To that end, this article reviews multiple considerations related to working memory that all children’s mental health clinicians need to know.

 

Academic performance: In children, working memory has been linked to everything from academic performance to the symptoms of neurological, developmental and psychological disorders. Working memory is also important from kindergarten to the tertiary level, and is an excellent predictor of academic success, longitudinally.

Assessment: Working memory can be assessed in a reliable and valid manner in children as young as 3. Early identification of working memory deficits that are supported by appropriate interventions can lead to positive outcomes throughout the individual’s life span. A study of more than 3,000 students found that approximately 10 percent had working memory problems that led to learning difficulties in the classroom (see ncbi.nlm.nih.gov/pubmed/19467014). As such, early identification and intervention are key to long-term success.

Attention, behavioral and social problems: Several theories of cognitive processing posit that working memory plays an essential function in attention. In addition, deficits associated with working memory can sometimes contribute to problematic behaviors resulting in school-related and social consequences. This is especially the case when the child has not been properly assessed, treated and supported. One of the most consistent findings in research studies is that students with attention-deficit/hyperactivity disorder have poor working memory, particularly when they have to remember visual information, such as graphs or images.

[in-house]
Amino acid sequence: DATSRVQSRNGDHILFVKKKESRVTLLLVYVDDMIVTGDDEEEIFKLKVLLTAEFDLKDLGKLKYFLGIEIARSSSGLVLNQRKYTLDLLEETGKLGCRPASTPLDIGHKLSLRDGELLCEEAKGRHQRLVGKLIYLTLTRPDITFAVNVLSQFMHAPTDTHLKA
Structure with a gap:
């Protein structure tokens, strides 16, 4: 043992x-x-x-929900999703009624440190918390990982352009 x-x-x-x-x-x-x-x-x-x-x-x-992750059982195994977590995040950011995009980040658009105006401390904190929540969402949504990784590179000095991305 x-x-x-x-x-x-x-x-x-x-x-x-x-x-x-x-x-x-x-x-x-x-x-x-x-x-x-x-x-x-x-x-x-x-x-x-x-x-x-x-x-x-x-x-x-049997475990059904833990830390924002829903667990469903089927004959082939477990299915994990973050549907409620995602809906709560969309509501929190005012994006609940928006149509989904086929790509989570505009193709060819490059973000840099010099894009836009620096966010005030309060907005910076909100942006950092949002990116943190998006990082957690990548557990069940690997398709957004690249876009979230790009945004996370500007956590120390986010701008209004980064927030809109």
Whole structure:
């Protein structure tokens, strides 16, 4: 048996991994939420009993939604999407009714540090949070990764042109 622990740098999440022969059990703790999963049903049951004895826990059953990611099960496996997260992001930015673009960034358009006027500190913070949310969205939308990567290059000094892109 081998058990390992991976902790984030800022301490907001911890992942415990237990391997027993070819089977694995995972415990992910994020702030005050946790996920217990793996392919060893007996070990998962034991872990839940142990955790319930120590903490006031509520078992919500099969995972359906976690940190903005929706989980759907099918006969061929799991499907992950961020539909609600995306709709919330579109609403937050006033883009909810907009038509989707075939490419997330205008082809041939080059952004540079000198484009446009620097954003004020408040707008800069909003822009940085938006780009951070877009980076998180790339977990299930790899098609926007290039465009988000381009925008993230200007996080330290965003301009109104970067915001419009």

Classroom difficulties: Working memory impairments often contribute to difficulties in the classroom. For example, students with working memory impairments may have trouble remembering instructions, completing complicated tasks, and comprehending and abiding by directions to solving a math problem or writing a sentence.

Creativity: Although relatively few studies have investigated the role of working memory in creativity, Larry Vandervert and colleagues have posited that working memory is one of the building blocks of creativity (see tandfonline.com/doi/abs/10.1080/10400410709336873). Their rationale hinges on the assumption that working memory serves as the “blackboard of the mind,” enabling an individual to manipulate and combine a variety of pieces of information and ideas in different ways. A study with college students reported that working memory was associated with one particular aspect of creativity — flexibility, which relates to breadth of thinking.